Okay, okay… we realize what the title says.
And we realize that you might've clicked in because you feel a range of emotions towards us, including but not limited to, confusion, shock, anger, and outright disappointment.
If you're feeling those things, all we ask is that you take a beat and give us a chance to explain.
In any relationship, communication is paramount for success. That extends to family, friends and certainly colleagues. And it's always a two-way street.
In fact, the two-way interactions between recruiters and candidates is one that's been heavily scrutinized and has been monitored with terms like “positive candidate experience,” “effective candidate engagement,” and at times, “ghosting.”
So, if communication is a two-way street then there has to be some responsibility placed on recruiters for why ghosting is happening, right?
Yes and no.
We realize there are certain moments where you can do everything “right” and a candidate just won't respond. That's completely unprofessional and at no fault of the recruiter.
But what about the other moments? That's what we want to explore where recruiters might be the problem. Bear with us.
What is Ghosting?
Chances are you know what it is, but before we can get into the reasons it happens it's important to know what it is.
In August 2023, hireEZ hosted it's second-ever Outbound RecruitCon event. On Day 3, Founder of TRAP Recruiter LLC, Keirsten Greggs, broke down what ghosting is.
In a hireEZ TA Survey of over 135 recruiters, 73% of professionals claimed to have been ghosting. As Keirsten emphasizes, if you've never contacted a person or been contacted, that does not count as ghosting.
So why does it happen?
So why do candidates ghost?
Keirsten later listed the reasons why ghosting might occur.
Potential reasons candidates ghost recruiters
The recruiting process is taking too long
The position wasn't what was advertised
Been ghosted before and recognize the lack of communication signs
They took another job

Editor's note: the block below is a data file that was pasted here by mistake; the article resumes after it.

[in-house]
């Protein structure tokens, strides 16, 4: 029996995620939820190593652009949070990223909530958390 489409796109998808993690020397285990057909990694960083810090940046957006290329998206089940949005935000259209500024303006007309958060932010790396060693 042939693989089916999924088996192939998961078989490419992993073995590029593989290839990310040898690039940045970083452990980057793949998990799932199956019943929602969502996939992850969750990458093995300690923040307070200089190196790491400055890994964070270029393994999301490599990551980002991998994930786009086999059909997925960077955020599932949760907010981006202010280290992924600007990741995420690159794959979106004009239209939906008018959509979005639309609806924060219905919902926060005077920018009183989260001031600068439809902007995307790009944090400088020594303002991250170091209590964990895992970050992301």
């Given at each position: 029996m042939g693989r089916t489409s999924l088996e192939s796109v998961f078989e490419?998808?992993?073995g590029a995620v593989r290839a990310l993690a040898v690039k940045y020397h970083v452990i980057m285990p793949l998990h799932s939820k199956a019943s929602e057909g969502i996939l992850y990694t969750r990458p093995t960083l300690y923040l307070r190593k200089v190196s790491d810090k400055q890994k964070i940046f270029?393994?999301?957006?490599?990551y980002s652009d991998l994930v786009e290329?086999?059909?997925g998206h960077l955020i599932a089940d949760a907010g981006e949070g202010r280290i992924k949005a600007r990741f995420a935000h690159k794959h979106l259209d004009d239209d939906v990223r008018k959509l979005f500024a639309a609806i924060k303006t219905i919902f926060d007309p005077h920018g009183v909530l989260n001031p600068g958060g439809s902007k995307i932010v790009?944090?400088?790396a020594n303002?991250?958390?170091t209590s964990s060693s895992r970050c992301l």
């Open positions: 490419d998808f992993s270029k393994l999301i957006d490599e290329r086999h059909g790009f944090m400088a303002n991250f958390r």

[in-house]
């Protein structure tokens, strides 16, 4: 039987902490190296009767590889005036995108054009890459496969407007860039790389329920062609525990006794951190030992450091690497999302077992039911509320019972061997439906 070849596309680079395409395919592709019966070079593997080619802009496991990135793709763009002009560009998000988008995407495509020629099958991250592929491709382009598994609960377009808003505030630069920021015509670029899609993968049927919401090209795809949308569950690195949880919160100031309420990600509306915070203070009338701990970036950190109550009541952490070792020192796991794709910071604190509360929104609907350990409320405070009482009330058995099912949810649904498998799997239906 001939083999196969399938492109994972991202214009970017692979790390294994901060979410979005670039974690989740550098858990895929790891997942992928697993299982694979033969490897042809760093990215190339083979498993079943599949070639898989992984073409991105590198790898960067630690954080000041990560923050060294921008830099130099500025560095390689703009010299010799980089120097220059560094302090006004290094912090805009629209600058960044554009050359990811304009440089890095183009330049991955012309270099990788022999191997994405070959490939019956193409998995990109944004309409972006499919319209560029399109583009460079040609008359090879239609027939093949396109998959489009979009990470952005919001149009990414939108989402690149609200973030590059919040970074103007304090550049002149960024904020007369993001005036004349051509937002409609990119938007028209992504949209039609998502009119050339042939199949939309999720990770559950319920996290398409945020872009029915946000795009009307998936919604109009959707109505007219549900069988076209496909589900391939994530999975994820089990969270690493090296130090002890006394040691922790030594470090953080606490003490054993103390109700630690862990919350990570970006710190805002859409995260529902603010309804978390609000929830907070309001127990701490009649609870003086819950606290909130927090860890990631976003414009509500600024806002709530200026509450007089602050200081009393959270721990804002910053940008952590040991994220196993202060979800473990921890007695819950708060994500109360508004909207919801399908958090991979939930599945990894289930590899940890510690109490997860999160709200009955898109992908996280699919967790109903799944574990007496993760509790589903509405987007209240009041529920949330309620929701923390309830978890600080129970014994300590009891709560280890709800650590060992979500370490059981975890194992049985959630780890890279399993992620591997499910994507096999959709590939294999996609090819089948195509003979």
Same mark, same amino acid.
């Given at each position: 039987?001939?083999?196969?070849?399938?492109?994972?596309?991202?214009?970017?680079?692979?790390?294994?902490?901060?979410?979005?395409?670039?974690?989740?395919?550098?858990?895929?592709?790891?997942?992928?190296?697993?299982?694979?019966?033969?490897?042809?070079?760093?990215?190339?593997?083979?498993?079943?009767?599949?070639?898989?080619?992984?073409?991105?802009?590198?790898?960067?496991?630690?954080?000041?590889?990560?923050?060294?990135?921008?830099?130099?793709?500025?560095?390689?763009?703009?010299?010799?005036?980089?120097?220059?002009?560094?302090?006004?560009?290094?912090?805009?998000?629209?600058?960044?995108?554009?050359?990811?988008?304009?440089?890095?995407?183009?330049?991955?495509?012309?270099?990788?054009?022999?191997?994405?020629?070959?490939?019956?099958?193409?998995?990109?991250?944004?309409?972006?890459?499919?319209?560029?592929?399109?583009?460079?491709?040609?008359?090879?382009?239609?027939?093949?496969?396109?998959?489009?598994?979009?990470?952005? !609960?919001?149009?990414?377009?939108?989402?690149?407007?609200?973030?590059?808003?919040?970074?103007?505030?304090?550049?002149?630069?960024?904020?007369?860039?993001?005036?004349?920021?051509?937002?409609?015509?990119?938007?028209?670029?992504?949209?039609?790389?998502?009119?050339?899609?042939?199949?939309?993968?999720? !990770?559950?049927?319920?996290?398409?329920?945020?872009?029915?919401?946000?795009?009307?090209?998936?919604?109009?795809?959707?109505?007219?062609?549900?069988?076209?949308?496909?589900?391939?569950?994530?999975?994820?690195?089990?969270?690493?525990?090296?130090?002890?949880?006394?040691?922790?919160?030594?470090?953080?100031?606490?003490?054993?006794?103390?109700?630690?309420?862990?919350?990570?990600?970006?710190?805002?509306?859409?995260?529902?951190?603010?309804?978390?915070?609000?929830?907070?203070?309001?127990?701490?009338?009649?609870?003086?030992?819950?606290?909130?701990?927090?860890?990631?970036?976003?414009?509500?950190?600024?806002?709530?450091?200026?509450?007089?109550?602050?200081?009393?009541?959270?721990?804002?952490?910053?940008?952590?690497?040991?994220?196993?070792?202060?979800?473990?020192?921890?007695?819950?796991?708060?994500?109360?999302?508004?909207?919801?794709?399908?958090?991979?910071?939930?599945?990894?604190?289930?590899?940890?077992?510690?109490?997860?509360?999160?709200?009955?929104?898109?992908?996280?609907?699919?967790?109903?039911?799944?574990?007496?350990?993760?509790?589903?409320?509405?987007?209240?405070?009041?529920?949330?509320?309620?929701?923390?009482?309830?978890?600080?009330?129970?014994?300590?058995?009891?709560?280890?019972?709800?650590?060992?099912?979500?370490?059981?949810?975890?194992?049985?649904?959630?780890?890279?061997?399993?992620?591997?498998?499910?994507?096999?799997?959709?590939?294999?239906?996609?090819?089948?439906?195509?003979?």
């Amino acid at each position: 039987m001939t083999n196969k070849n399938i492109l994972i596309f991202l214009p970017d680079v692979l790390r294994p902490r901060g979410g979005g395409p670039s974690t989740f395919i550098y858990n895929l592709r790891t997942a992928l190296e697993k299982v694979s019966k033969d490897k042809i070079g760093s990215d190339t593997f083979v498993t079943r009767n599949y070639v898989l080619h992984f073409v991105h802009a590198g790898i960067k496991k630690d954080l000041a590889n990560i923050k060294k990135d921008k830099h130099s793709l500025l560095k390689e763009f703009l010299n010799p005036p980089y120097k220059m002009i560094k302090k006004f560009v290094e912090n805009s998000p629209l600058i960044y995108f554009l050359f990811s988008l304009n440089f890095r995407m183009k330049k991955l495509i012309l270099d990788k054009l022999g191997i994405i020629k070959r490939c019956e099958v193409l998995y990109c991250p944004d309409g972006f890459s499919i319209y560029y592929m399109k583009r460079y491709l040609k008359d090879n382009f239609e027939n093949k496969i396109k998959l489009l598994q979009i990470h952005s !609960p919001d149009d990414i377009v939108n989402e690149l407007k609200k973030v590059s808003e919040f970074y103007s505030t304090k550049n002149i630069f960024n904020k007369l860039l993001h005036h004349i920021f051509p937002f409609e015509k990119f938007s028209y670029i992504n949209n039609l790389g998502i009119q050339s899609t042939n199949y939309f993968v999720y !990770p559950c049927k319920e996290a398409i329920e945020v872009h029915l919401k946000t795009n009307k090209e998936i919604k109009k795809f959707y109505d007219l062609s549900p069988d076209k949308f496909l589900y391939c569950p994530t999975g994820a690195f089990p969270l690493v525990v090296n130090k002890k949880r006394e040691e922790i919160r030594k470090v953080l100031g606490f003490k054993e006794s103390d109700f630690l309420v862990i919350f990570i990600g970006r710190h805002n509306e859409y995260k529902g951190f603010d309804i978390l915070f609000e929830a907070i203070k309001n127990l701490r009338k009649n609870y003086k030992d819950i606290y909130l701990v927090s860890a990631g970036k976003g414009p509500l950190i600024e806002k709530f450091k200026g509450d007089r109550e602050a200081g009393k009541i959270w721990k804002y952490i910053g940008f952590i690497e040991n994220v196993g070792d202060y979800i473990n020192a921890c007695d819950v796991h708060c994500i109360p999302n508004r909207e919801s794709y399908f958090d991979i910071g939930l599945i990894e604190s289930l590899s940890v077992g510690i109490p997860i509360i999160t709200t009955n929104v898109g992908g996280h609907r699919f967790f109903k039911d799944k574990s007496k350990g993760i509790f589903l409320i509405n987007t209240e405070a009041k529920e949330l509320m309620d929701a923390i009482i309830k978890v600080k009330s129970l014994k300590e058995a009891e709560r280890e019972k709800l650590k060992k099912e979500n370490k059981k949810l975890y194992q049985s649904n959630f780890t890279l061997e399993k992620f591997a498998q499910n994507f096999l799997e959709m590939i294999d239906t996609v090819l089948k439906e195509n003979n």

Now, all of these are not all the recruiters fault… but some of them definitely can be traced back to communication on the recruiters end.
In fact, 63% of candidates claimed that employers did not adequately communicate with them during the recruiting process, according to Talent Board.
So, as you reflect back on the moments you've been ghosted, it's worth trying to discern where there may be accountability to take on your end. Did your process take a while? Did you check in enough with talent? Were you potentially uninviting or dismissive in your emails?
These may be areas you've never considered before. Again, there are absolutely candidates who ghost despite your best efforts. But it's worth checking if those efforts are truly your best.
Communicating with Empathy
There's plenty of advice we could give that we've collected from the recruitment community on effectively engaging with talent.
Here are a few of our favorites:
- Experimental and Effective Candidate Engagement
- Personalizing Candidate Engagement
- Effectively Engaging Like a Hostage Negotiator
But there's one throughline through all of it - engaging with empathy.
When you're writing to someone's inbox, it can be easy to forget there's a person reading those emails.
Always put yourself in another person's shoes and think of how a person would read your email.
You may find yourself feeling frustrated during the outreach process. And that's completely understandable.
In the same sense, you may not be aware of what a candidate might be going through personally or professionally.
Therefore, remaining respectful and empathetic can help you forge stronger relationships that extend beyond connecting your job to a person. And it can potentially help you avoid getting ghosted.
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